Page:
Recognizing the importance of unpaid work is critical to achieving gender equality and the empowerment of women and girls, which is Goal 5 of the Sustainable Development Goals (SDGs). Like most SDGs that are focused on the people dimension of the 2030 Agenda, the COVID-19 pandemic has reversed some of the gains made in gender equality and women’s empowerment. Following the onset of COVID-19, many women have been forced to devote greater time to unpaid work activities, the extent of which has not been previously well-documented in the Caribbean. In this study, we evaluate how women and men allocated their time to different unpaid work in the household during the pandemic to gain a better understanding of the pattern of change in time-use in times of shocks and to inform the formulation of appropriate policy responses.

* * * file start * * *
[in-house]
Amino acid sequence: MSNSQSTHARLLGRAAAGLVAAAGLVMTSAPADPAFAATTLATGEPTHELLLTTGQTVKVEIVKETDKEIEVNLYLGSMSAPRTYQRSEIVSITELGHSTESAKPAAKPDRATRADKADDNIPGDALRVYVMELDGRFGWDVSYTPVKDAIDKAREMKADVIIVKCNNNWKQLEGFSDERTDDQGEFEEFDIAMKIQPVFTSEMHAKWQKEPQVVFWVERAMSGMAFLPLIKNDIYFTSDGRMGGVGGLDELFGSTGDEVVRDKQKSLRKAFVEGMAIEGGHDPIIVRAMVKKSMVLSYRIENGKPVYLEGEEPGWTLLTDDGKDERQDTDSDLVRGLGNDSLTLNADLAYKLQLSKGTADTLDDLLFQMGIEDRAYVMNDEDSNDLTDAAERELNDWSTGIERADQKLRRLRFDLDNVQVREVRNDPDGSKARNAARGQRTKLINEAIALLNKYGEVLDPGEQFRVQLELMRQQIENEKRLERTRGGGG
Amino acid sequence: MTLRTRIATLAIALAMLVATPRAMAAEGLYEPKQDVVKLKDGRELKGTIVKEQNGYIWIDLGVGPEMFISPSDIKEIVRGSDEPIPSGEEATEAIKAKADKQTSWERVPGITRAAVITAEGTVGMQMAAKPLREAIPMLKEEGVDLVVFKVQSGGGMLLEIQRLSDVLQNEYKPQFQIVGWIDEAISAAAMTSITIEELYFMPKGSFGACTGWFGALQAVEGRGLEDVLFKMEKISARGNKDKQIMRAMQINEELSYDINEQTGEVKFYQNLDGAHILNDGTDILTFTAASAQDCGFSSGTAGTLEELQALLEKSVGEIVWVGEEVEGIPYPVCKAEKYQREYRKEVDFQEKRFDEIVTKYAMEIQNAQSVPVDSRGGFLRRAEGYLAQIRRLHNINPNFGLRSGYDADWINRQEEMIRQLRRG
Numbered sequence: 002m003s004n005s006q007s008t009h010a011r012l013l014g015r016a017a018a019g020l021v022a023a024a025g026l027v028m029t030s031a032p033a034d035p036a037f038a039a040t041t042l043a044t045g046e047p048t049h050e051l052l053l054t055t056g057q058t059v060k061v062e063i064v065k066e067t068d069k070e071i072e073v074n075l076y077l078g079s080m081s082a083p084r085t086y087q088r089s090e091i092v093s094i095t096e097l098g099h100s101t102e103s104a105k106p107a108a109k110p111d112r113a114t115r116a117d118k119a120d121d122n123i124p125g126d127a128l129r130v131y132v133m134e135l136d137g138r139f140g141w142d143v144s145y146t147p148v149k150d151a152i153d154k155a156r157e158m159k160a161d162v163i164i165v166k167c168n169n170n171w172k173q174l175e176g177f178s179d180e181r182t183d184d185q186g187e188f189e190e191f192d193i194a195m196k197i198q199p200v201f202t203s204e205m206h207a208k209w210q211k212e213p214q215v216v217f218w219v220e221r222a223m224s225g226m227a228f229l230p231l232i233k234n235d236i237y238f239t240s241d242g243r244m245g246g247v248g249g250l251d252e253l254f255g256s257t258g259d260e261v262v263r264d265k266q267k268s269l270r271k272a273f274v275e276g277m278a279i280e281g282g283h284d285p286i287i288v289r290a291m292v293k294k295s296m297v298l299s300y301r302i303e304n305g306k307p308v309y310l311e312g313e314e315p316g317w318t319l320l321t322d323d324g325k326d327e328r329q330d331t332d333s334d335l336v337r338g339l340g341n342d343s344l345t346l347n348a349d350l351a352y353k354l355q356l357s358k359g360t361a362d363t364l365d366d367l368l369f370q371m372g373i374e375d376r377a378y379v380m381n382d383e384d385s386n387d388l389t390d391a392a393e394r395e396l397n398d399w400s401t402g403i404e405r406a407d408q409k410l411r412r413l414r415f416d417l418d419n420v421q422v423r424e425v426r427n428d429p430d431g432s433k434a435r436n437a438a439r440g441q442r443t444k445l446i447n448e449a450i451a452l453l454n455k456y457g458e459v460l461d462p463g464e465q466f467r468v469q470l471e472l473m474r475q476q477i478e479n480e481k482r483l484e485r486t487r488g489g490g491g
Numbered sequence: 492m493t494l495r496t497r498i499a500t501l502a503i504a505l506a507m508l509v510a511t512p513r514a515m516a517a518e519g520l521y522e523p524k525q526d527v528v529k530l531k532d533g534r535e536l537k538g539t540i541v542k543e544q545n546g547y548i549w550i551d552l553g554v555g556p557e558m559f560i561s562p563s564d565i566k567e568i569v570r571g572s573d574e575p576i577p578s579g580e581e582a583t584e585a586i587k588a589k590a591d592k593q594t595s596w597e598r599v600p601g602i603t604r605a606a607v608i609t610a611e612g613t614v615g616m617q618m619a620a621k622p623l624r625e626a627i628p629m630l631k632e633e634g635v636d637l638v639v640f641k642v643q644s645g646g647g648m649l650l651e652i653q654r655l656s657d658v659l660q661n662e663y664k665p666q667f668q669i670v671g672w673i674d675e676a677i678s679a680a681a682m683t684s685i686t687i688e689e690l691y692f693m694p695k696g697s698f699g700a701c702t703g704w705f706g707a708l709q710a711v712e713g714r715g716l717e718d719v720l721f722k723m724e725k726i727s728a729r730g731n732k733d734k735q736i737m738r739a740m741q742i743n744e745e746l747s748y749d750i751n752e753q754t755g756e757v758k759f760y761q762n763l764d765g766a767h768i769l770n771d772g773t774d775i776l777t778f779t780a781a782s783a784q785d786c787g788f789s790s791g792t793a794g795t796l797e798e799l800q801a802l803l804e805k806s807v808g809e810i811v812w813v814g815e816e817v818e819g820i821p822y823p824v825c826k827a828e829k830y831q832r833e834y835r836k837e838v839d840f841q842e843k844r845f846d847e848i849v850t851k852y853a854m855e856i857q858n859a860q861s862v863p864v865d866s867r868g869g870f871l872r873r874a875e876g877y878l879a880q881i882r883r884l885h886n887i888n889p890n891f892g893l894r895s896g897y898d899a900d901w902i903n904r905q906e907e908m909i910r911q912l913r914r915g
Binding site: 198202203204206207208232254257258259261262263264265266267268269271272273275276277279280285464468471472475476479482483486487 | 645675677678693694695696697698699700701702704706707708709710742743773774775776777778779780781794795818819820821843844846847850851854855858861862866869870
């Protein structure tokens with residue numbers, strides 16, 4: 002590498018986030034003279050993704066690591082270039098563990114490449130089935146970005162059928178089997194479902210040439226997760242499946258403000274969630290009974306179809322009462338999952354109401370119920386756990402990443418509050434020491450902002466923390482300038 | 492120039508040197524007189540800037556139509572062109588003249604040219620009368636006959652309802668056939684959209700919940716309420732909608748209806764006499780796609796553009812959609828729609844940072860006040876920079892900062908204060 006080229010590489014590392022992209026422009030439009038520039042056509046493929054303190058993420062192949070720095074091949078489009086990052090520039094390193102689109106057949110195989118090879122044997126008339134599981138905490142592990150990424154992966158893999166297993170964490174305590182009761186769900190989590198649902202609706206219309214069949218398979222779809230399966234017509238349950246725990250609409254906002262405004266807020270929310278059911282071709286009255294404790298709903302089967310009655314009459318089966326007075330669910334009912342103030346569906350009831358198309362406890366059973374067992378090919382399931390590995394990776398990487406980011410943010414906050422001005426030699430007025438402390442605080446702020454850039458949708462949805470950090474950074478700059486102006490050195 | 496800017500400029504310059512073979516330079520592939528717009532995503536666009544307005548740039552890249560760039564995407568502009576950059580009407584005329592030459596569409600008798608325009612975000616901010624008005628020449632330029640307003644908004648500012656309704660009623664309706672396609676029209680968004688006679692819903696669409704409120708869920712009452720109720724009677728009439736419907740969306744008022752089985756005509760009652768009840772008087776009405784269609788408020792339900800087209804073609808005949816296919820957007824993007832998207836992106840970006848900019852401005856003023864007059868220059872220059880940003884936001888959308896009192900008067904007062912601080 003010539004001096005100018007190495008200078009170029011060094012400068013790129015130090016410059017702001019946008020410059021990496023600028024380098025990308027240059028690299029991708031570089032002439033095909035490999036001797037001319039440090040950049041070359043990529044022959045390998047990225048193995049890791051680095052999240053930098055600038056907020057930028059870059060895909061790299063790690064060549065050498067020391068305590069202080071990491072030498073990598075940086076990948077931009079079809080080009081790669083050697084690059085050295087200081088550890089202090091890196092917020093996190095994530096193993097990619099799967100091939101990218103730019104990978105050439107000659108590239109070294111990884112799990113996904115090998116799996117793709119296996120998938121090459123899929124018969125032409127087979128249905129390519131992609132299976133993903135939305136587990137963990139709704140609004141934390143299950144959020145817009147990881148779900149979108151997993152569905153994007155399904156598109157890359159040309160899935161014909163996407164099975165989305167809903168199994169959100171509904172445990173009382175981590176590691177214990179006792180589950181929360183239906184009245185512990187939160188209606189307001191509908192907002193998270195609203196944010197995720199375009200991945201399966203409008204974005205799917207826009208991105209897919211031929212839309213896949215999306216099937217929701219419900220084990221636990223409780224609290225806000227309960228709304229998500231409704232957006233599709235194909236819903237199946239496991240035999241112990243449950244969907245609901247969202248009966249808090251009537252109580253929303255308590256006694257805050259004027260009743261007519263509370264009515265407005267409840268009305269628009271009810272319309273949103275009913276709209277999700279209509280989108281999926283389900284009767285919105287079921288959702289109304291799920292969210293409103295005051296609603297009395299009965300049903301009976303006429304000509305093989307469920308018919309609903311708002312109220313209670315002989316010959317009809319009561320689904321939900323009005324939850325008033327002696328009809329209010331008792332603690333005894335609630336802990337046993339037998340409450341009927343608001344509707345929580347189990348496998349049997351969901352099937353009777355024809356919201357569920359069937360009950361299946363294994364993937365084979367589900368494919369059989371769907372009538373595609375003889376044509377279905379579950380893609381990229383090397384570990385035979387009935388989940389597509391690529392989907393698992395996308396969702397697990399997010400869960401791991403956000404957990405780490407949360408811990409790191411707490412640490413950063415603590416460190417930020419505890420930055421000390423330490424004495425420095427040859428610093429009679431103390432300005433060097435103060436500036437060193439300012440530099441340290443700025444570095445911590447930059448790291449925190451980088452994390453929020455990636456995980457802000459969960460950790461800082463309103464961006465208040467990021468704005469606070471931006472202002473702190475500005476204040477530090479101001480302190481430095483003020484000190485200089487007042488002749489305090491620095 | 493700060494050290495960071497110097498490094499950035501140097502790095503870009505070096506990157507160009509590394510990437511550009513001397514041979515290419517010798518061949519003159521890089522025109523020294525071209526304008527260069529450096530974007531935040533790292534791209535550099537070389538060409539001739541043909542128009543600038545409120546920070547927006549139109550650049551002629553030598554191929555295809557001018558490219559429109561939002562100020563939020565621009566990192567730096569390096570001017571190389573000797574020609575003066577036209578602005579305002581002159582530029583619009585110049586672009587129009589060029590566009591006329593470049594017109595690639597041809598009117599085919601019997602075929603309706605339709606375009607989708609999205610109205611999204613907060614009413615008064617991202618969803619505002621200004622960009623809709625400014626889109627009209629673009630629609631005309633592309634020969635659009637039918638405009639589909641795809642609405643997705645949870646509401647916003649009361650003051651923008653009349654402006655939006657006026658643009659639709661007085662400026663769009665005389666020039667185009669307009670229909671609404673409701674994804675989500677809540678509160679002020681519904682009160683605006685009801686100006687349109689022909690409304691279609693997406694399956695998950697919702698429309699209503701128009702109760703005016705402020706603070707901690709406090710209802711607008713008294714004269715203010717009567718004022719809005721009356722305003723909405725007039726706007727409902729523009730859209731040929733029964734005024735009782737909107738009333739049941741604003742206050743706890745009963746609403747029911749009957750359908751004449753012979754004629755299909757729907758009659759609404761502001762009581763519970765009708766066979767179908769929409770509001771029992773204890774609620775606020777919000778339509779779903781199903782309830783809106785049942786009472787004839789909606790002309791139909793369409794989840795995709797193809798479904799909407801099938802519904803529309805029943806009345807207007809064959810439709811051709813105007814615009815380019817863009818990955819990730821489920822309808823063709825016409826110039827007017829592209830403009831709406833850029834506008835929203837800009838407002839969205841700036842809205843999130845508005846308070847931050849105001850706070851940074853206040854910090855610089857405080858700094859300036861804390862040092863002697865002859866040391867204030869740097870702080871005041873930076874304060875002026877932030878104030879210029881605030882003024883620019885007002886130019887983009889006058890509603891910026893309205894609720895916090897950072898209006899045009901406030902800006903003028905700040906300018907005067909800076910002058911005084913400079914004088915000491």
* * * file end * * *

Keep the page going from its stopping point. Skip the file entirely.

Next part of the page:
Using data from a Rapid Gender Assessment Survey of the impacts of COVID-19 in the Caribbean, we found that women, especially those who work in the services sector, were more impacted by job losses than men. Although already overburdened with unpaid work prior to the pandemic, women spent more time in unpaid work, particularly in caring for children, than men during the pandemic. Unfortunately, there is no established system of time-use surveys in the Caribbean to provide a robust data set that could be used to establish trends in pre-pandemic use of time by women and men. The findings of the current study point to the need to conduct time-use surveys on a regular basis. In addition to providing statistics on how women and men allocate their time for different purposes, such surveys will provide insights into factors impeding women’s labour market participation in the Caribbean. Towards this end, important considerations for implementing time-use surveys are presented in this study for the consideration of National Statistical Offices of the Caribbean